Mauricio Rojas, Chile's newly appointed Minister of Cultures, Arts, and Patrimony, is facing heavy criticism after a series of negative comments he made about the country's "Museo de la Memoria" (Museum of Memory) were published in the La Tercera journal Saturday.
In a book published in 2015, Rojas, who replaced former journalist Alejandra Perez as Minister Thursday, called the museum "a montage which purpose, undoubtedly achieved, is to shock the spectator, leave him astonished, to prevent him from reasoning." Adding that the museum represents a "shameless and liar use of a national tragedy that touched so many of us so hard and directly."
The Museum of Memory was commissioned by former President Michelle Bachelet, following a mandate from the country's truth commission and recommendations given in the Rettig Report "to account for human rights violations committed during the dictatorship. In this direction, it is configured as an open meeting with the memory space, which seeks to respect and promote human rights," as museum states on their social media accounts.
Rojas has been a close ally of current Chilean President Sebastian Piñeira in both his presidencies, first between 2010-2014 as a speechwriter, and now as a minister in the 2018-2022 administration. But during his youth, he says he was part of the Revolutionary Left-wing Movement (MIR), and in 1973 when the United States-backed military dictatorship of Pinochet began he was exiled to Sweden. Rojas has since changed his political leanings and defines himself as a right-wing militant, and made loathsome comments about rights for the LGBT community and reproductive rights.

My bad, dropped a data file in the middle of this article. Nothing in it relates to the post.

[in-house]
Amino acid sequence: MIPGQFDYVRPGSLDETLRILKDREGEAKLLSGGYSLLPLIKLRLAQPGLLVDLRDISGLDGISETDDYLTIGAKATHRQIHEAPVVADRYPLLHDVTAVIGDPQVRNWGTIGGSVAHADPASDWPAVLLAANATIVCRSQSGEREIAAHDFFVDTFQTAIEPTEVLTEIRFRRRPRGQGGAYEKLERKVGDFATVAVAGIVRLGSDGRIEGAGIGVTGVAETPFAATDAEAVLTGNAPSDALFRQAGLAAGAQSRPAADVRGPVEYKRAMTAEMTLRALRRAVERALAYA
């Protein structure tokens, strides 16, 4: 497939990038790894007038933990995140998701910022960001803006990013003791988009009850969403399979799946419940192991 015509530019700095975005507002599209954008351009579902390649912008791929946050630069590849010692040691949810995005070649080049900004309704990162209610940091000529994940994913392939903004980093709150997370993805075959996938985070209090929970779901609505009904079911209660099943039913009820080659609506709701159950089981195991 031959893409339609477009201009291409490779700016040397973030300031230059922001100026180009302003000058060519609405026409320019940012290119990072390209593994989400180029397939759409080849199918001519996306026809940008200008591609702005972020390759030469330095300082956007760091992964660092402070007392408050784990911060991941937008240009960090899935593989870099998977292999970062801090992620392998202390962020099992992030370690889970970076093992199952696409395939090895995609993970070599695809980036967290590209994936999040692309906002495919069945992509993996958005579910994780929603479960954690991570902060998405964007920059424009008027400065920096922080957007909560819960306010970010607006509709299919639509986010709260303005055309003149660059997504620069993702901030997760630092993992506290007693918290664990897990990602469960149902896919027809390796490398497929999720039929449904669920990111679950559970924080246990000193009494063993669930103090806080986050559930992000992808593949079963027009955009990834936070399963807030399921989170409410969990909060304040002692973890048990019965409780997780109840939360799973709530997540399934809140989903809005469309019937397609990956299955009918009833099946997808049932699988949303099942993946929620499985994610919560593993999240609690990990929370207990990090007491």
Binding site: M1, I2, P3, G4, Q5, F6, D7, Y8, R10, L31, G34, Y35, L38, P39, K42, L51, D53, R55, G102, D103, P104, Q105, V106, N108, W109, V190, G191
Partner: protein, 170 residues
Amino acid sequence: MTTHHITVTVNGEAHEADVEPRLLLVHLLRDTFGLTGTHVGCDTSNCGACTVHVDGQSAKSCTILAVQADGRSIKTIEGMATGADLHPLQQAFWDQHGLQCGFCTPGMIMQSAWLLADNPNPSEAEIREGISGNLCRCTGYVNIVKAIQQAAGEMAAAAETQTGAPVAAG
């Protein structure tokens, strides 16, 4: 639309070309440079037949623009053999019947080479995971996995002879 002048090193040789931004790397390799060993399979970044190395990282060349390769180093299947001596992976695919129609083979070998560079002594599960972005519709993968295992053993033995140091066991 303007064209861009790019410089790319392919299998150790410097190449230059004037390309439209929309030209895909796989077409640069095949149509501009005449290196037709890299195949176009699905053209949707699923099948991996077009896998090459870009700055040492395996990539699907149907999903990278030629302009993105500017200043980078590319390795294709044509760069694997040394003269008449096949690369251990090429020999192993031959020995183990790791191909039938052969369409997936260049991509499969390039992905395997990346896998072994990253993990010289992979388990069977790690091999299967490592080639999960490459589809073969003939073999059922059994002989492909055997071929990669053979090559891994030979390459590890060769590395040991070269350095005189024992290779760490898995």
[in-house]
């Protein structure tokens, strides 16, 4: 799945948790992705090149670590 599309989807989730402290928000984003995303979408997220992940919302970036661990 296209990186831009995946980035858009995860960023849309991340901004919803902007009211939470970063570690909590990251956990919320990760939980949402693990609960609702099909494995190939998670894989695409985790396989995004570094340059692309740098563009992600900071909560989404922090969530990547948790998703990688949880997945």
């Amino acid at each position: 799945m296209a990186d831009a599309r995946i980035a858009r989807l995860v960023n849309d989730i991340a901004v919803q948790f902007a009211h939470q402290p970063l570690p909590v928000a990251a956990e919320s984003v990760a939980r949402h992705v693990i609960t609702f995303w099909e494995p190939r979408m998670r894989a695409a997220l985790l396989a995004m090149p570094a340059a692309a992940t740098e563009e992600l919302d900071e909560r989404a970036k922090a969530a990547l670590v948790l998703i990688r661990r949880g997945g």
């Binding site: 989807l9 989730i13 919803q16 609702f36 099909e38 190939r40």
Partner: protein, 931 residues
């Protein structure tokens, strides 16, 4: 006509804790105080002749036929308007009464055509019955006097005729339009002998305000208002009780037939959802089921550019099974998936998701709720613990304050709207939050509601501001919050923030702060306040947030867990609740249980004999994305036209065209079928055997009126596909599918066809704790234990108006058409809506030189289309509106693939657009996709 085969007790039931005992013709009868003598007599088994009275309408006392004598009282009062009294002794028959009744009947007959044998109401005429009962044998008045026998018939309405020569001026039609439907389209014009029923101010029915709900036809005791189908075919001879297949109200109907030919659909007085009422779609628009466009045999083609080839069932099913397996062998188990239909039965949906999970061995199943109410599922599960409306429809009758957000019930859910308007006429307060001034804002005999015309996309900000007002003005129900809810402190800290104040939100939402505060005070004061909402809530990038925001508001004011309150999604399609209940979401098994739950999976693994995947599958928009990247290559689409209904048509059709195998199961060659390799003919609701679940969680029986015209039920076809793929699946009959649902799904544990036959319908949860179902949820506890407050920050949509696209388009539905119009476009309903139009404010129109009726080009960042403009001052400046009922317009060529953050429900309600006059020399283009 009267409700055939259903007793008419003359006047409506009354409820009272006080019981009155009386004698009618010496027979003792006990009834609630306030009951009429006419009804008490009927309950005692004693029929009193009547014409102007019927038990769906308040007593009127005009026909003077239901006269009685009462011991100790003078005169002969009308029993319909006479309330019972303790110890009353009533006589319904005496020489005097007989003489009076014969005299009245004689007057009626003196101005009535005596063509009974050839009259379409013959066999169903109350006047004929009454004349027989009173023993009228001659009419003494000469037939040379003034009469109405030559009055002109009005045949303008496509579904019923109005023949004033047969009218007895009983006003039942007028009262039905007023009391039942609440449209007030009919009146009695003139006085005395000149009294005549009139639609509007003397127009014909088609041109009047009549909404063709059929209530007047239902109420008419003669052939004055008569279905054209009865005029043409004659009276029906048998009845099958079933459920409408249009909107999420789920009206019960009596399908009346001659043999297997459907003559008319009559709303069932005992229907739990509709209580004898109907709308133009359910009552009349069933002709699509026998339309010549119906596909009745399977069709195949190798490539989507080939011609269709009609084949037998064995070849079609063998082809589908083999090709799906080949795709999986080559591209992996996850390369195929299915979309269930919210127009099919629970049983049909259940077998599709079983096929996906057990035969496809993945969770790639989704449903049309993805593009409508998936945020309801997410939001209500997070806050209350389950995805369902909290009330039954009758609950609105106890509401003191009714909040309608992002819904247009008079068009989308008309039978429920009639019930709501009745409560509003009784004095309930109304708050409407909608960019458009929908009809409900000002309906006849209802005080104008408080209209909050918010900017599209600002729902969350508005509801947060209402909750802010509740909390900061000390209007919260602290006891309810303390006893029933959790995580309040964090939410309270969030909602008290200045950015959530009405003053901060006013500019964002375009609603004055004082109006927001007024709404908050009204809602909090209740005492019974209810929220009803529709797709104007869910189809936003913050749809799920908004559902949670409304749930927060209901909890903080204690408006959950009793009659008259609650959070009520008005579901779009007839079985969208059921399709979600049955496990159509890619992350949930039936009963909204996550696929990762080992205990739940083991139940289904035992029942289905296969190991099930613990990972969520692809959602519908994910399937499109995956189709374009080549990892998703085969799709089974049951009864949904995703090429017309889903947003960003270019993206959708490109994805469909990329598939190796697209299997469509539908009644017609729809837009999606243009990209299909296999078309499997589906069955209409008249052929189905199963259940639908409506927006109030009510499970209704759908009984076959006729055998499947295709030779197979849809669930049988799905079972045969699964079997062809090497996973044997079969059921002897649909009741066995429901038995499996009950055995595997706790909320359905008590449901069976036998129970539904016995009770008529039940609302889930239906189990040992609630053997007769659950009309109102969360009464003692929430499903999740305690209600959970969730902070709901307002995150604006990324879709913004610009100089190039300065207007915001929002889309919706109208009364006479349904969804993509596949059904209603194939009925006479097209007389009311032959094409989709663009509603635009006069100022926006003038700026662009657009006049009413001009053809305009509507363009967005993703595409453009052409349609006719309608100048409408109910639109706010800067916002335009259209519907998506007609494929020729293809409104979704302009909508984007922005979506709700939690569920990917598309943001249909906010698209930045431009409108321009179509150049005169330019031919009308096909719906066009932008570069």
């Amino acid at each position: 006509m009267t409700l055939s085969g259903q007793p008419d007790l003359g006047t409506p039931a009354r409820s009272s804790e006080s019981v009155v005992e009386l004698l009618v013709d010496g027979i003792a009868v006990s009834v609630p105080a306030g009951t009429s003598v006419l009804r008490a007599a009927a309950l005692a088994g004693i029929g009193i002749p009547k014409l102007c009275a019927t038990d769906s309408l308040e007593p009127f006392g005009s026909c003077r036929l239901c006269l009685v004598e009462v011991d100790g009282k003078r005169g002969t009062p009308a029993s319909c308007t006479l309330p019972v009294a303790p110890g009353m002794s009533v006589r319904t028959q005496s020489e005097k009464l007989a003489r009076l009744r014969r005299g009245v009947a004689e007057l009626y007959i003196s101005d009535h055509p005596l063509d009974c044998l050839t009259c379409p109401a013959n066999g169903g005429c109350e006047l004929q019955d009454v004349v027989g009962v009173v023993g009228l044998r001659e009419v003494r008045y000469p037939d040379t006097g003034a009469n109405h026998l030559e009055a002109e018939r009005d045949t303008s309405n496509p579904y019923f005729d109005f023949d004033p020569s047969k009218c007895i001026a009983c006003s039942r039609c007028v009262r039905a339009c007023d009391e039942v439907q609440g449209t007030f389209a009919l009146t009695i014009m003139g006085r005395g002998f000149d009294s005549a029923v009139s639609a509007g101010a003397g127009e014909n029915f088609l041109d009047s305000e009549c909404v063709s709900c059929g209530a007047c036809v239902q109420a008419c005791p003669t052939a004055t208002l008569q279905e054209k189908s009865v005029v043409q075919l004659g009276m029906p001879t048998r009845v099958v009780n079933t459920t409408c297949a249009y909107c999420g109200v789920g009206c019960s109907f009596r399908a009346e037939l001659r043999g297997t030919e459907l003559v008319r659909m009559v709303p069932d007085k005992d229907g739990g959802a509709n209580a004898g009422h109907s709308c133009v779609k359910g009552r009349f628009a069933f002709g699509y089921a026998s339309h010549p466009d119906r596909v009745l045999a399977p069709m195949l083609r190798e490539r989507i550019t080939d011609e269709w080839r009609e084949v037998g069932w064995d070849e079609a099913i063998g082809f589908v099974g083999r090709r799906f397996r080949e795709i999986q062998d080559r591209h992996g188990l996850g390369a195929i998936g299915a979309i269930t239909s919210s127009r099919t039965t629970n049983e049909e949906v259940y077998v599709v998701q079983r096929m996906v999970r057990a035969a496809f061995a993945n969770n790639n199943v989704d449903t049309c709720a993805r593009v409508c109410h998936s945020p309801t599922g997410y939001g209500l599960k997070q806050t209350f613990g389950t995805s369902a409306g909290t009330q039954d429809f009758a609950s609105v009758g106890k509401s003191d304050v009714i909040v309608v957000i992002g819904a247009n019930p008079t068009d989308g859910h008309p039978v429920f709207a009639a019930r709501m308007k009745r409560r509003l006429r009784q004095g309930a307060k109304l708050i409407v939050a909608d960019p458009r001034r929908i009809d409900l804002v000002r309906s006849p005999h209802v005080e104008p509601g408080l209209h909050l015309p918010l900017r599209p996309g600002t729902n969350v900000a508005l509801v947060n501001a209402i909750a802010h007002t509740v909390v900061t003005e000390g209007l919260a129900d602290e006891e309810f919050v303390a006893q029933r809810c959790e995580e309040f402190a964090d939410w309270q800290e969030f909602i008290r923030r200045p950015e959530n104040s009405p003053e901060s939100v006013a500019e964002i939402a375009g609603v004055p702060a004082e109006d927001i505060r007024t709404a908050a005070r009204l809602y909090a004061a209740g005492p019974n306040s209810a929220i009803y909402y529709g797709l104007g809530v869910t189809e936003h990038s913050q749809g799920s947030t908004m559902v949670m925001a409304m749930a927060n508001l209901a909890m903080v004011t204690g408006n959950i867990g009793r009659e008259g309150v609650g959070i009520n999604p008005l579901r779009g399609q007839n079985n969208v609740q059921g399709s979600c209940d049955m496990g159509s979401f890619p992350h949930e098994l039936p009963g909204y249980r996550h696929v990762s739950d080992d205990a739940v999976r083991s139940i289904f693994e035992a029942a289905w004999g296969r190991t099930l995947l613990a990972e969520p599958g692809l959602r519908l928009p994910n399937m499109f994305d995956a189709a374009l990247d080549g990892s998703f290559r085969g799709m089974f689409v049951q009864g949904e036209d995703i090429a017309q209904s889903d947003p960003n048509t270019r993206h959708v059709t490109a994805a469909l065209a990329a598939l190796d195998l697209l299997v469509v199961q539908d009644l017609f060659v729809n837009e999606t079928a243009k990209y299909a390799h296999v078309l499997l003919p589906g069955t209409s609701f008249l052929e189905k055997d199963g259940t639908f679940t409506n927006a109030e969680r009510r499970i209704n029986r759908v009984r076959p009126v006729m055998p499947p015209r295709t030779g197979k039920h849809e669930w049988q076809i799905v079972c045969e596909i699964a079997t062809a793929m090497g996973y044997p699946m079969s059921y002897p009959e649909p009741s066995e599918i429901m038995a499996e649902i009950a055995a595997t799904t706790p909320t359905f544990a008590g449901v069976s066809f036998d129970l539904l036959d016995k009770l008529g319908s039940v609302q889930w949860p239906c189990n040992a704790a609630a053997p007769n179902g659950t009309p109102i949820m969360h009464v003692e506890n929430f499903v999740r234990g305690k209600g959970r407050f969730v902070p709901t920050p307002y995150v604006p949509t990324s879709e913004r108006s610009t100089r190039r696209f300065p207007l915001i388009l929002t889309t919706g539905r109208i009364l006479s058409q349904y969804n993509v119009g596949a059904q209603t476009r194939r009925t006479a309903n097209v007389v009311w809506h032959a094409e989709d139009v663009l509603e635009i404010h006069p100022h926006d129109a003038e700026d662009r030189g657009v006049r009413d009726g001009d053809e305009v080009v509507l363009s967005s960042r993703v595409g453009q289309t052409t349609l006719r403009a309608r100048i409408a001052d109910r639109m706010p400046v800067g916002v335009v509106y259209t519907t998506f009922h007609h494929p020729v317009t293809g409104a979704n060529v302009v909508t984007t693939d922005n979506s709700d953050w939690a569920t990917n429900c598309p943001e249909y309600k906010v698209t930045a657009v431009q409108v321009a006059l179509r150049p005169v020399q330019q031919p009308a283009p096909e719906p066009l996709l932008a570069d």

In an interview with CNN, in 2016, Rojas restated his comments about the Museum of Memory saying, "that is something done so that people do not think, to stun you. There is no explanation on how we get to where we arrived," adding that it is a "museum on the left-wing, to tell a false version of the history of Chile."
The president of the lower chamber, and granddaughter of Socialist President Salvador Allende, who was ousted by the dictatorship of Pinochet in 1973, said that it is regrettable the now minister had made these comments about the Museum of Memory.
In a statement, Poet Raul Zurita called for a boycott of any public events the Rojas was carded to attend, saying that he "has made declarations that hurt the most endearing of the people of Chile, their disappeared, their shots, their tortured, their exiled."
"This Museum fulfills a public responsibility, which must be supported by the government, by the Congress and by the country as a whole; and that is what we are doing, fulfilling the mandate of the Truth Commissions to guarantee the "Never Again," said Francisco Estevez, executive director of the Memory Museum.
The historic leader and former Secretary-general of the MIR party, Andres Pascual Allende, said Sunday that he never knew Rojas, "he wasn't a MIR militant," he said. Which contradicts Rojas' version, in which he has openly used this association to explain his path from liberalism and the right-wing.